Utilities in the Pacific Northwest appear likely to largely avoid the significant gas price increases that will be seen in the Midwest and eastern United States this winter because of different supply sources. The Northwest Gas Association (NGA) said Tuesday that utility customers can expect much smaller winter price increases than what consumers will be seeing in other regions that are more closely tied to damaged supply infrastructure in the Gulf of Mexico and Gulf Coast.
"Consumers around the Pacific Northwest will not experience the 50-70% increases in their gas bills this winter that you hear about elsewhere," said Dan Kirschner, executive director of the NGA, which represents natural gas utilities and transmission companies in the region. "The commodity cost adjustments in this region, ranging from 10% to 25%, do not even begin to approach the stratospheric increases faced by consumers in some other parts of the country."
He noted that gas utilities in the region, which serve more than two million customers, lined up most of their winter supply before the Gulf hurricanes even arrived, putting some of it in storage.
Spot prices on Northwest Pipeline at the Sumas, WA, Canadian import point averaged about 31 cents less than wholesale gas prices at the Henry Hub for the years 2000-2004 (bidweek index). However, that spread shot to minus $2.40 since Aug. 1 of this year (daily index). Sumas prices averaged about $5.95 over the first seven months of 2005 but since Aug. 1 rocketed to an average of about $9.24. Meanwhile, Henry Hub daily spot prices averaged $6.83 over the first seven months of 2005 but then soared to an average of $11.44 since Aug. 1, according to NGI's Daily Gas Price Index.
"Historically we've traded at a bit of a discount from the Henry Hub here in the Northwest, through the Rockies and in Canada, but with the disruptions in the Gulf that differential has really increased," Kirschner noted. "Because we're not directly supplied by the gas that's produced in the Gulf of Mexico, we're not experiencing the same level of price volatility that those regions which are directly supplied by the Gulf are experiencing. But, nonetheless, we have seen an increase right along-side others; it's just been much less."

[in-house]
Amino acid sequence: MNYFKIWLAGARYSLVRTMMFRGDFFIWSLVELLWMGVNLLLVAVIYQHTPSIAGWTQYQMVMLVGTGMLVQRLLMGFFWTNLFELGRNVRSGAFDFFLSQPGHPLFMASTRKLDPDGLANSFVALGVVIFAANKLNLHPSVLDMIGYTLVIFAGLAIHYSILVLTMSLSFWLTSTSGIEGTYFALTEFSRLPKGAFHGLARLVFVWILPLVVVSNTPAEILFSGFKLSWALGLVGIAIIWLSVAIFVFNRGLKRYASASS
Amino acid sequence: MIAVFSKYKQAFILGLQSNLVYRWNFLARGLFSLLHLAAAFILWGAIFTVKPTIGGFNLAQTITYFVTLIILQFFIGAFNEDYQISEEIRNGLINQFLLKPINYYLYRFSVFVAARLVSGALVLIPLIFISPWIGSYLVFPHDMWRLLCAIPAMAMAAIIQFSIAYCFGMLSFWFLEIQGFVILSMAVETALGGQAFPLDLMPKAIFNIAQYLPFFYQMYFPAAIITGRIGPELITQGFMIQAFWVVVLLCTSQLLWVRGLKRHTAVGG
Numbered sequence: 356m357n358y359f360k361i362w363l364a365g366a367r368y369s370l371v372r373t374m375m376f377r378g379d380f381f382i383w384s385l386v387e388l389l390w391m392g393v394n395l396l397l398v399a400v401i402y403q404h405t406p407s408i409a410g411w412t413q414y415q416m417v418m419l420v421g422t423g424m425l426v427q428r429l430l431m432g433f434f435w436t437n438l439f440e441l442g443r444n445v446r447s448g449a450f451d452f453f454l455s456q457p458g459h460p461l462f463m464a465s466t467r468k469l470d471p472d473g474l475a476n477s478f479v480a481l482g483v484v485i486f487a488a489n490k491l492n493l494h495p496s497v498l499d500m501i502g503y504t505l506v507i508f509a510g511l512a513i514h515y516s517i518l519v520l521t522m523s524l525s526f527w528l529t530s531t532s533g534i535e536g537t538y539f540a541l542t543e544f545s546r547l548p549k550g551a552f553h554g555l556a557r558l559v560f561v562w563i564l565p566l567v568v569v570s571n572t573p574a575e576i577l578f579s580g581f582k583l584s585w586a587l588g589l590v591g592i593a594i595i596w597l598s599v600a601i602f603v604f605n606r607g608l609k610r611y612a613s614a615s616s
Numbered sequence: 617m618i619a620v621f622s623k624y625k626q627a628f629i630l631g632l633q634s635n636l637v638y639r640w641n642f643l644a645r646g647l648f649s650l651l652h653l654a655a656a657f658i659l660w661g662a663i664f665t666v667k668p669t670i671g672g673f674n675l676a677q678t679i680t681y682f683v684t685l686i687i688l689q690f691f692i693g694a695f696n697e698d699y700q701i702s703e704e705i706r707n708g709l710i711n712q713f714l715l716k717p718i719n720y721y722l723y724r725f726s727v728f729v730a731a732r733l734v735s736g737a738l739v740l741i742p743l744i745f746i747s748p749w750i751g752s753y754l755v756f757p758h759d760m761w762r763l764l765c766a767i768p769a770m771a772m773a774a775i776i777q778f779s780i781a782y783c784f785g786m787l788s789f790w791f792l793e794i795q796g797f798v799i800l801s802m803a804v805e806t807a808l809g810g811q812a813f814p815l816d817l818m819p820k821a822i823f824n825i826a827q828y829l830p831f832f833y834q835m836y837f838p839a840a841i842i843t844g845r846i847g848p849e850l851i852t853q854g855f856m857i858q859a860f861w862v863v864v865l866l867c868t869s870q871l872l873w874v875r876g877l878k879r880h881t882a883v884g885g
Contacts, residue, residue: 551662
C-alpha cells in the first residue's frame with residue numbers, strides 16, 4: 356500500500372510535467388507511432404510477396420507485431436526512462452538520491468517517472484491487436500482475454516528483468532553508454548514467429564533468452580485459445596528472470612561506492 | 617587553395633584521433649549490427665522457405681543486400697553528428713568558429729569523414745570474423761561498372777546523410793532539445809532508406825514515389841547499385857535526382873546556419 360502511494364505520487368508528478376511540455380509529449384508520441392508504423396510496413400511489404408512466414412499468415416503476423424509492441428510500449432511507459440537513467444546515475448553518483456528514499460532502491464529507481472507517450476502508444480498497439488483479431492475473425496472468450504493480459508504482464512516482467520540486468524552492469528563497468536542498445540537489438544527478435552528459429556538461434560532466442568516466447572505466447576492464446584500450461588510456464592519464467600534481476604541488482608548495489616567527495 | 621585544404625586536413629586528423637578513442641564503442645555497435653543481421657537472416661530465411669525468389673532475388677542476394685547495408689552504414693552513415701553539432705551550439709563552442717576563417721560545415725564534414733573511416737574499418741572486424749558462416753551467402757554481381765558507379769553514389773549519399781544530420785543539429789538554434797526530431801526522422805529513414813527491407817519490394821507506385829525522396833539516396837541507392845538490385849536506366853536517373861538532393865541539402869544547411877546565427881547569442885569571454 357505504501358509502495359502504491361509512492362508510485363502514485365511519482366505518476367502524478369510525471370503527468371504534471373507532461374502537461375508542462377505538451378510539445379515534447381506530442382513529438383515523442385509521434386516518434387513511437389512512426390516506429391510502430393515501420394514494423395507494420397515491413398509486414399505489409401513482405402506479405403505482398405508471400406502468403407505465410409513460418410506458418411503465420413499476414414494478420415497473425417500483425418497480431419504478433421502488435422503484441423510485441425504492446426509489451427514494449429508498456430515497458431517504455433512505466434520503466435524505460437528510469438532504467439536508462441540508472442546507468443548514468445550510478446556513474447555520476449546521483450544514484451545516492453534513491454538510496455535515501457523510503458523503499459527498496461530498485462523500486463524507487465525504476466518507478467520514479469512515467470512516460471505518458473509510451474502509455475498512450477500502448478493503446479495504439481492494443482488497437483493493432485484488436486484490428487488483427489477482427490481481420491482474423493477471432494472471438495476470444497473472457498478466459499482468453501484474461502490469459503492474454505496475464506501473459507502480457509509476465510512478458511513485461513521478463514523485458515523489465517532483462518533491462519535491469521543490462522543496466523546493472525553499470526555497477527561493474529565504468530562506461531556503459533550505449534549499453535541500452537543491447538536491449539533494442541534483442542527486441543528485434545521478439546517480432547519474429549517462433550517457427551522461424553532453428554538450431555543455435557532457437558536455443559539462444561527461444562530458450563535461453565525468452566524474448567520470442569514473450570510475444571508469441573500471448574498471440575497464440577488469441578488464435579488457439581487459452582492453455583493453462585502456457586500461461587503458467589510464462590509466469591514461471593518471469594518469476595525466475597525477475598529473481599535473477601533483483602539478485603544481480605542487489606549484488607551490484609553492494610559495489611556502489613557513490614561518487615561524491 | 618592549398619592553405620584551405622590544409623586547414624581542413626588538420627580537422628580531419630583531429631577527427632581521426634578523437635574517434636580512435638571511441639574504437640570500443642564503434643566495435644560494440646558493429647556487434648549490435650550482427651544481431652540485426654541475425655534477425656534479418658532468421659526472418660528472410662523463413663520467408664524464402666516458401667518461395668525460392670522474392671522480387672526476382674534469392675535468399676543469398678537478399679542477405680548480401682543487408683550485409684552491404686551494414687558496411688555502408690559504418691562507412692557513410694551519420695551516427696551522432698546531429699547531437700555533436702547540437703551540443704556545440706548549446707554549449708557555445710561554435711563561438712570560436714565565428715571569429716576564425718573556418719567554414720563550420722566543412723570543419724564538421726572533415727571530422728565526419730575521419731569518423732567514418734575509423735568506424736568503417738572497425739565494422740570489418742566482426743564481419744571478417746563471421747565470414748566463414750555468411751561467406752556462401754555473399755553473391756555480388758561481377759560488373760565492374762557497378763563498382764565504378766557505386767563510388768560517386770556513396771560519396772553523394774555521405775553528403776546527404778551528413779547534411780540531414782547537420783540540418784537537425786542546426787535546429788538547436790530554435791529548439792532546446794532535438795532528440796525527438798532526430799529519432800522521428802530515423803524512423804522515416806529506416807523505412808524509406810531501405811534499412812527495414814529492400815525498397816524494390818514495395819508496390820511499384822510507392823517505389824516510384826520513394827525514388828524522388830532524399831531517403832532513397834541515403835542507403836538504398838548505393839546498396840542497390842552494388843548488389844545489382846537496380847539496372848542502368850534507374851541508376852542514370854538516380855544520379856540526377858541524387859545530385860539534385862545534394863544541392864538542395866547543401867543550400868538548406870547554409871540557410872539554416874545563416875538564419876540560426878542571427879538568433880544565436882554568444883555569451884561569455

The Pacific Northwest region is supplied with natural gas produced in Canada (Alberta, British Columbia) and the U.S. Rocky Mountains. As a result Northwest consumers don't have to worry about winter supply. "As a result, we will not experience the full brunt of supply disruptions in the Gulf of Mexico," Kirschner said.
However, he noted that gas users in the region are not immune to the effects of a tight balance between growing demand and available supply across North America, which has caused the average wholesale price for natural gas to increase every year since 2002.
Kirschner added that it is too early to project what effect this year's supply disruptions will have on future winter heating bills. "From future weather conditions to how quickly production in the Gulf of Mexico is restored, there are just too many variables to consider." He suggested that Northwest gas consumers take advantage of a variety of resources to help manage winter energy costs. For example, utilities offer monthly budget payment plans and some provide rebates for weatherization or energy efficiency measures.
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